Am I the only one
wishing life away?
Never caught up in the moment
busy begging the past to stay
Memories painted with much brighter ink;
they tell me I loved, teach me how to think.

I’ll take what I can get
cause I’m too damp for a spark.
Kissing sickly sweet guys
cause they say they like my eyes
but I’d only ever see them in the dark.”

Part of what Dodie’s shared about mental health struggles is a thing called depersonalization. She’s talked about how it made it hard for her to enjoy the present because she measured it up to happy moments in her past and she just ended up overthinking the whole thing and ruining what could have been new happy memories.

And this is about when I start weeping again. Because, oh, can I relate.

When you’re a young teenager, everything has just begun. You have so many hopes and plans for your future. And nothing is tainted because it hasn’t touched reality yet. Everything is hopeful and new and you’re just waiting for your amazing, beautiful life to begin — happy enough to be young and innocent.

And then you actually begin the process of growing up. And it’s not like how you thought. Yes, yes, it’s not always the worst and there are so many beautiful moments that make it worth it, but sometimes you get trapped, thinking the future will never be as bright as the past and that you were so wrong about how you thought life would be. This is my experience, anyway.

I’m sick of faking diary entries,
got to get it in my head; I’ll never be sixteen again
I’m waiting to live, and waiting to love
oh it’ll be over, and I’ll still be asking when.”

This is the last part I’ll go over because it will just repeat after this stanza. Stanza? Verse. Yeah, that one.

For me, sixteen and seventeen were this sort of peak. The top of the roller coster, if you will. I was so much happier than I’d ever been. A lot of this was because I was newly a Jesus follower, but I think it also comes with being that age and feeling like soon — very soon — you’re going to morph into something amazing.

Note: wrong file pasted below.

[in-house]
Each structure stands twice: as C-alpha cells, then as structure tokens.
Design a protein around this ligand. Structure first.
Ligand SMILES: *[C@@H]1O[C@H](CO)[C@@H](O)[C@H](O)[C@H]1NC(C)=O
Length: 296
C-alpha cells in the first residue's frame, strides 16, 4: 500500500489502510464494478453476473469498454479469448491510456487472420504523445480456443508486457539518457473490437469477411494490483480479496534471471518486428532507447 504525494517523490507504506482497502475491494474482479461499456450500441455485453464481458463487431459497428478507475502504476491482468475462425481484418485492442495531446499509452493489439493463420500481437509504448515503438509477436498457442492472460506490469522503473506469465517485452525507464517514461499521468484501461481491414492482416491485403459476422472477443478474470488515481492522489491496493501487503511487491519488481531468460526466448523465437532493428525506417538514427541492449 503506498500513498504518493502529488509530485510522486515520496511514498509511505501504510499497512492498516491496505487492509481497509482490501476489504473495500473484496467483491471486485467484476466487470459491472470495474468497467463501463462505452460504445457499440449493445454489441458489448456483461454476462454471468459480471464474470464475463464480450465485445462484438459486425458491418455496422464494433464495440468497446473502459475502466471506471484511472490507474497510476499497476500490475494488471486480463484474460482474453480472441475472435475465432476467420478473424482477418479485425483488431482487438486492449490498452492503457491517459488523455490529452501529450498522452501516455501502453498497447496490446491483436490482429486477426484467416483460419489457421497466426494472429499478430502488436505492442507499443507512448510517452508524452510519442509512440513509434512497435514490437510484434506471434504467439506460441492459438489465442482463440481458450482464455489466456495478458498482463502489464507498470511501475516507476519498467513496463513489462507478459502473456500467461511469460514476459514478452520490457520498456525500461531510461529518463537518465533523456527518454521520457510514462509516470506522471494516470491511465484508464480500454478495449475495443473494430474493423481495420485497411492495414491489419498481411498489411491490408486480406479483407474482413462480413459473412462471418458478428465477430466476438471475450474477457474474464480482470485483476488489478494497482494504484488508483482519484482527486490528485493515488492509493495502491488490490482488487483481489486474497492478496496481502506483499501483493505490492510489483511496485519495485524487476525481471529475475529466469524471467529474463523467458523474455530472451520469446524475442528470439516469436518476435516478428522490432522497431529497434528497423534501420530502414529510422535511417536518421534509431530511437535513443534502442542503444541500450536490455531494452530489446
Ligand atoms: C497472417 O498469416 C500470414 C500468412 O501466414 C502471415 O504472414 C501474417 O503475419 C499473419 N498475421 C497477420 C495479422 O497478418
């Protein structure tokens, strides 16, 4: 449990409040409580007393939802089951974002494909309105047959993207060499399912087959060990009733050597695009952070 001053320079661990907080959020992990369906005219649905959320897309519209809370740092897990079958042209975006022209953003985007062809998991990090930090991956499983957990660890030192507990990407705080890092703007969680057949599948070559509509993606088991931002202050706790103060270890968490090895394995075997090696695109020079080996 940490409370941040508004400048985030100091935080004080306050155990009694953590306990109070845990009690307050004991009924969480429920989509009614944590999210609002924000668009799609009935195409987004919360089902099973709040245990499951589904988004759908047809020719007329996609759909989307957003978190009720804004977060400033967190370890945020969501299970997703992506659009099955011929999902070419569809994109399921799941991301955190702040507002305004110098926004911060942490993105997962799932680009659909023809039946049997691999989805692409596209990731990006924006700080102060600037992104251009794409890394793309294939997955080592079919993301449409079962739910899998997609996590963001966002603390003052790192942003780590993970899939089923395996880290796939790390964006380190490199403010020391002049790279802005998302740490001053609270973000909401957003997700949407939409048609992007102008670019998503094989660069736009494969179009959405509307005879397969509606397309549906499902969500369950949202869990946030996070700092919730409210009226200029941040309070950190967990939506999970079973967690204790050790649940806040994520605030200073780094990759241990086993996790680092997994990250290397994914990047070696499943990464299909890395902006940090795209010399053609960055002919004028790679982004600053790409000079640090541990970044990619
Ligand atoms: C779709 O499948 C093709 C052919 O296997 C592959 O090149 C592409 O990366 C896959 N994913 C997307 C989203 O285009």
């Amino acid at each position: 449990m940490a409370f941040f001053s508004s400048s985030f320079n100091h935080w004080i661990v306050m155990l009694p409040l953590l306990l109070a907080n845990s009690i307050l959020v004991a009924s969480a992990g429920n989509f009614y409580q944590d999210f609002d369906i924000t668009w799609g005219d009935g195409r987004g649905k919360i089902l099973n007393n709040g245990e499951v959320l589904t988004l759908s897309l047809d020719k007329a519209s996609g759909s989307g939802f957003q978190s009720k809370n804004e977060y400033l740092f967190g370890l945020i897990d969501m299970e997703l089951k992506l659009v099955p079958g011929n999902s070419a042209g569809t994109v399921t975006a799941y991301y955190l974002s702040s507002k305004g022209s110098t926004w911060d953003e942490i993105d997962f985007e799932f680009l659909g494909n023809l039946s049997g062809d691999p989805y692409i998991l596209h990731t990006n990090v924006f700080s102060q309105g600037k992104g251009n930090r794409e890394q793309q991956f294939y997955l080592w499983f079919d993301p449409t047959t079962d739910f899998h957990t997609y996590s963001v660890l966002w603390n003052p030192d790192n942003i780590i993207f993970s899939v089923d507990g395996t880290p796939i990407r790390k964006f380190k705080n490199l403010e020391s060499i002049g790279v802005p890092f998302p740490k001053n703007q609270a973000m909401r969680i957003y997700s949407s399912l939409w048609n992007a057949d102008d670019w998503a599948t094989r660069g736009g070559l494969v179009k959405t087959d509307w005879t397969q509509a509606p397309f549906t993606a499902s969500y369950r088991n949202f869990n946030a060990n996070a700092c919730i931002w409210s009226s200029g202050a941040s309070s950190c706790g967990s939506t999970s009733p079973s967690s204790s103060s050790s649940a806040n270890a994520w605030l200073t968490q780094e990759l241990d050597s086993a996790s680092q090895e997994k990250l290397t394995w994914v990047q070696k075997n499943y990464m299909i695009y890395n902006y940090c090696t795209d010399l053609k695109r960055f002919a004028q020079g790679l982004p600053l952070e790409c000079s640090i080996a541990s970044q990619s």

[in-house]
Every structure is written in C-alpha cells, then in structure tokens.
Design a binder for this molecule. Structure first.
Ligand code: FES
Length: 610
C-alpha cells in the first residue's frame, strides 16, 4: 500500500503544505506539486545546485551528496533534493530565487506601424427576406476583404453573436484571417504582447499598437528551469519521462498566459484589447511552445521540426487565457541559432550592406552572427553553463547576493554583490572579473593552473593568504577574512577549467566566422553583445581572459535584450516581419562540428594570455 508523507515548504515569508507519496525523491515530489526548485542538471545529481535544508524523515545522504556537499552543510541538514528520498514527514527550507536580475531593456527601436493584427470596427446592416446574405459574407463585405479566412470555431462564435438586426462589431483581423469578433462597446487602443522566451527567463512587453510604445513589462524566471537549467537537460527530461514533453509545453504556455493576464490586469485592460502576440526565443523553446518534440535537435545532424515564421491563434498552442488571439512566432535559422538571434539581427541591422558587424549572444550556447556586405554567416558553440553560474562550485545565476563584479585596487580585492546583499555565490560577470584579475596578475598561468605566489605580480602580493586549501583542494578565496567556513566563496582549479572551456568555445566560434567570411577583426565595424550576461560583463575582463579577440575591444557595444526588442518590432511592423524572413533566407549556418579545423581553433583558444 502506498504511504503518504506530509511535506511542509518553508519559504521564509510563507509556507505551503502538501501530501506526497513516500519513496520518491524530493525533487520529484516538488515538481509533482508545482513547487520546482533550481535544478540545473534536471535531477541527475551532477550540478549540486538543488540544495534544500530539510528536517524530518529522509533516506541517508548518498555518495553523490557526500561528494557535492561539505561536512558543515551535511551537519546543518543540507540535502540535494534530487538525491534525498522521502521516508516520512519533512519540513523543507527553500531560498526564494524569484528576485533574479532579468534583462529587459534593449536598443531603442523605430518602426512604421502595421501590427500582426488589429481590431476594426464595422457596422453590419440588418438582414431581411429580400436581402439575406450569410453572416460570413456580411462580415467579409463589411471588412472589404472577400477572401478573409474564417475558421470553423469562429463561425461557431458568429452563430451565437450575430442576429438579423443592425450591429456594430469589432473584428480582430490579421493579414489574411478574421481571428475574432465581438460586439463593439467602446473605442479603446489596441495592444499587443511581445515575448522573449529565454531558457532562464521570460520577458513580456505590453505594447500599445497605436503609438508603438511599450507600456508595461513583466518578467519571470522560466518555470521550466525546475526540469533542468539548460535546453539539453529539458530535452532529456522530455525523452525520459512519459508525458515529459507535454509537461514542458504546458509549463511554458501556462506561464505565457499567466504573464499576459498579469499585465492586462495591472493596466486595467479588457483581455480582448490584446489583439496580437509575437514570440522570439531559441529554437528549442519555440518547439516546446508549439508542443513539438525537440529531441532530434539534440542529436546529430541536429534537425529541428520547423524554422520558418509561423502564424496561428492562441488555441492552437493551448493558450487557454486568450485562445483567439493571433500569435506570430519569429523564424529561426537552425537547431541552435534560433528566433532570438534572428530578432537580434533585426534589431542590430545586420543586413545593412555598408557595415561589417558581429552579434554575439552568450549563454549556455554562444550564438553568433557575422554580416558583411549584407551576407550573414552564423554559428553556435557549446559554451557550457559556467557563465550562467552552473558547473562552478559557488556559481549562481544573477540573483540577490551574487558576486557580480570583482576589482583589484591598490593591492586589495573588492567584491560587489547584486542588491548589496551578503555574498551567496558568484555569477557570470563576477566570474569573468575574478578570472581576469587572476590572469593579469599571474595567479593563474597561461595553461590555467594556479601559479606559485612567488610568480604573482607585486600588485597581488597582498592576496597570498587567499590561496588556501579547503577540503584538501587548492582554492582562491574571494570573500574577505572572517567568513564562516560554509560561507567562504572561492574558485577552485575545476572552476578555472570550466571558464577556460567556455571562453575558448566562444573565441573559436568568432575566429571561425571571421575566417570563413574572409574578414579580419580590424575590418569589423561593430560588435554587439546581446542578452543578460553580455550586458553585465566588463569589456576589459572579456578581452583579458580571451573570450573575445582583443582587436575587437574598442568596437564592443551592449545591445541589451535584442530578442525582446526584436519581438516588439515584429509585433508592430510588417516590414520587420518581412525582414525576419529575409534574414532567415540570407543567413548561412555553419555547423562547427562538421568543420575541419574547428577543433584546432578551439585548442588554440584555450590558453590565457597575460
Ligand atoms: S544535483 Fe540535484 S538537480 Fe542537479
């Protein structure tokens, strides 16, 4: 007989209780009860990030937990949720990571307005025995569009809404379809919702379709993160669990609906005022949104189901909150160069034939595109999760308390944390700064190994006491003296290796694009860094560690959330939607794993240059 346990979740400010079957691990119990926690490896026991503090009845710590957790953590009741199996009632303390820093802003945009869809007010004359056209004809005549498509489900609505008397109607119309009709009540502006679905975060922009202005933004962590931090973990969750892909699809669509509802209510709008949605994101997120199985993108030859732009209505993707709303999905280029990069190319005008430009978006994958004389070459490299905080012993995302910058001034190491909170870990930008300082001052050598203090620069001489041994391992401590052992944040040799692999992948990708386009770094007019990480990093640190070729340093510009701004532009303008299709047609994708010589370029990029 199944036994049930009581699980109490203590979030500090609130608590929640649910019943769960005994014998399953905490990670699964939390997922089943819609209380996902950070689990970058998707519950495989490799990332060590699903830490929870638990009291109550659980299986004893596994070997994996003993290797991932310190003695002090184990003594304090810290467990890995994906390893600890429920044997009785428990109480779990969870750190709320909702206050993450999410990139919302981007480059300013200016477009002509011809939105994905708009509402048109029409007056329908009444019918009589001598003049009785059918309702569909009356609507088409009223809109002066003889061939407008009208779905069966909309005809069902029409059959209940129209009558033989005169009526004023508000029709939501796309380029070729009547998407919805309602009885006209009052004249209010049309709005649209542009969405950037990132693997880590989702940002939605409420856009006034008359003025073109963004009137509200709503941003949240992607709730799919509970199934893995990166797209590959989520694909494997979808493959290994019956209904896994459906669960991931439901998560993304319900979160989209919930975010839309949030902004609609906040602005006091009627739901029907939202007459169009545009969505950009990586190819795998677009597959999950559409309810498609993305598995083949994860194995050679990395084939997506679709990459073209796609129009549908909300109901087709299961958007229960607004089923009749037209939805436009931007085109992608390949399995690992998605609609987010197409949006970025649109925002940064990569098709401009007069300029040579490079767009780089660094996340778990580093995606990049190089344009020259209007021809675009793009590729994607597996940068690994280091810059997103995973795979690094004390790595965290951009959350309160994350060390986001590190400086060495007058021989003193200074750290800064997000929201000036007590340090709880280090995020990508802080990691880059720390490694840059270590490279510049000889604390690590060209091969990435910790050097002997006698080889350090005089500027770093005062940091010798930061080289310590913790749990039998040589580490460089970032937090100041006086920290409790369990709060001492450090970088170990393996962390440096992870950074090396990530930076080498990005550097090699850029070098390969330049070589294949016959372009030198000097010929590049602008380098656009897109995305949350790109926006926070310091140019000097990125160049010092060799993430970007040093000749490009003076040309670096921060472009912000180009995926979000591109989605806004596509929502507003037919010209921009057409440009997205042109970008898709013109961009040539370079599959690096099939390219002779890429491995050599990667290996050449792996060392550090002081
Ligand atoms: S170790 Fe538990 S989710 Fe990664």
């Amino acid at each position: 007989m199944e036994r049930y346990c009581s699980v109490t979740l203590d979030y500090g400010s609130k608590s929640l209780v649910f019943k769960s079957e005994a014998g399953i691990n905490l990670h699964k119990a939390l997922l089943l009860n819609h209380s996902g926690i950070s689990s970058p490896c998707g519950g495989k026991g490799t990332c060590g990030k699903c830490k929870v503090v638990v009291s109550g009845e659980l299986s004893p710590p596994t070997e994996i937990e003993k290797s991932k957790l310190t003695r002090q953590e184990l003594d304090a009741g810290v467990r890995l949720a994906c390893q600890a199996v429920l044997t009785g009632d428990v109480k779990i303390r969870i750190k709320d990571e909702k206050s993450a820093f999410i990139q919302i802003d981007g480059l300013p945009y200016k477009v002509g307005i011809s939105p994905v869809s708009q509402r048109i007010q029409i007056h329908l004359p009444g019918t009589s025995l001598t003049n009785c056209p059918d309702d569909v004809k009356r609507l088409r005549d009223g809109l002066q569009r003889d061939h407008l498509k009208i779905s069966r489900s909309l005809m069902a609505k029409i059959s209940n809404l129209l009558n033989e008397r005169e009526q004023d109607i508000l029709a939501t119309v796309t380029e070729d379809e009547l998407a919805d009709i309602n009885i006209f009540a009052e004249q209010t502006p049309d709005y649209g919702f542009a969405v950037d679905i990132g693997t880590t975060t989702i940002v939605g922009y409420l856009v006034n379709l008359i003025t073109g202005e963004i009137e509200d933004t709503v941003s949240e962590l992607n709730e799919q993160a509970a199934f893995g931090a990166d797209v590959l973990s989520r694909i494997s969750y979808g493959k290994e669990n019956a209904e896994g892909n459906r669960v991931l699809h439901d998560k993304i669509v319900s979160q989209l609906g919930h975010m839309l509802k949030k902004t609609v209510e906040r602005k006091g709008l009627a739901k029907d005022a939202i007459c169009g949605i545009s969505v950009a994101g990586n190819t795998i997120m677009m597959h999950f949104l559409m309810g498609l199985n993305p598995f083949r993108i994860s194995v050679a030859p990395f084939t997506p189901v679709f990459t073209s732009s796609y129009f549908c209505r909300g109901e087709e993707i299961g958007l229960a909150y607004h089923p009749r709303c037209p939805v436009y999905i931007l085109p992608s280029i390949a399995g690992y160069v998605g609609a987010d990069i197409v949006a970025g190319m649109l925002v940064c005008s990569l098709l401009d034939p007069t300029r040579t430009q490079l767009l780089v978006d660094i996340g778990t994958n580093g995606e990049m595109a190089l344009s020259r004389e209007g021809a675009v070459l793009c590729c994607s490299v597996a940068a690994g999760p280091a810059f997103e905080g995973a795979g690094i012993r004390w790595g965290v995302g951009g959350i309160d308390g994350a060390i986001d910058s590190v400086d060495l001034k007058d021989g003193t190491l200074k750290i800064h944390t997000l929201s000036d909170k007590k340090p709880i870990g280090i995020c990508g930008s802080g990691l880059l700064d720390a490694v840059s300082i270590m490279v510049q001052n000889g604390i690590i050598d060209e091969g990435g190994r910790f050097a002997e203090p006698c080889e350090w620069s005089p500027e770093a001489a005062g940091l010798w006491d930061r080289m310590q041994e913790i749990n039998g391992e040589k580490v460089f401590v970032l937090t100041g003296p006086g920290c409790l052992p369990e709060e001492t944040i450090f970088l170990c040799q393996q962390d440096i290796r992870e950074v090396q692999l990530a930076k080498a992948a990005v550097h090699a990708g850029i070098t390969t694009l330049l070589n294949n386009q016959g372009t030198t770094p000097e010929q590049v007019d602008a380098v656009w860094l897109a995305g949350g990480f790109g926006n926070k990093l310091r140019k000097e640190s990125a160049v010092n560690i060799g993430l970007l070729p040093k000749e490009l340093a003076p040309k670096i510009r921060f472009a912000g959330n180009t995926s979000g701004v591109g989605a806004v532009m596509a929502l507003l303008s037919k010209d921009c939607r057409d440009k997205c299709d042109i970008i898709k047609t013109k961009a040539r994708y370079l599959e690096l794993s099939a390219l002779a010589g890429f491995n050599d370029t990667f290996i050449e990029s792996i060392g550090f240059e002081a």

But somehow, I’ve come to realize that growing up is not very fun at all. I’m clinging so much to my past. Or maybe, what I could have done with my past before things became so utterly difficult and confusing.

And now it just feels like I’m going to be hurdled down a hill and it will only get worse and worse. This song speaks to the fears I have — what if things only get more and more confusing and what if I never find time just to love someone and be happy?

It’ll be over and I’ll still be asking when.”
Only, I really needn’t weep, for there is an answer.

No matter what people tell you, life really, really isn’t about being happy. That is absolutely not a viable goal. If you chase nothing but happiness all your life, you’re going to end up completely empty by the end of your life. Happiness, without anything deeper attached, is meaningless.

So what do we chase instead? We chase Christ-joy.
Happiness is a sensation. Joy is something much deeper than that.

We humans are very, very messed up. It is entirely obvious to anyone who pays attention that we cannot do it — all of this life thing — on our own. Three seconds into the beginning of my day and I’ve already thought forty-two murderous thoughts. I’m not a morning person, okay?

If we go around chasing nothing but happiness, we’re going to be hurt by people we thought we could trust and we’re going to begin to think that love is a lie.

Joy can be found when we lay down our troubles at the cross. Joy can be found when we realize that God loves us so purely that we can’t even comprehend it. Joy can be found when we are forgiven.

Happiness is passing. Happiness is temporary. Happiness cannot be captured. Christ-joy is something that, once you have it, nobody can ever take it away from you.

Christ-joy is a product of belief. It is present regardless of circumstance. And no fear of death or fear of growing up can take it away.

Ahh, thanks so much for reading!!

I know that was super long for a blog post and they’ll probably be somewhat shorter — though probably just as random and rambly — in the future, but I was just full of righteous-energy there and wanted to share my heart on a dear person’s dear song.

I guess I should note here that I will not always be super prepared with a pre-written blurb like I have today. Some days will be messier than others.
The only goal is to get me out of bed to write and edit and post without fear or regret or rampant perfectionism.
Just a little heads up there, haha.
So yes! Thank you so much for joining me here! I hope you have a wonderful, wonderful week!
Love, love,


{Lyric credits, of course, go to Dodie Clark. Check out doddleoddle on YouTube for more of her lovely content. Cover photo my own.}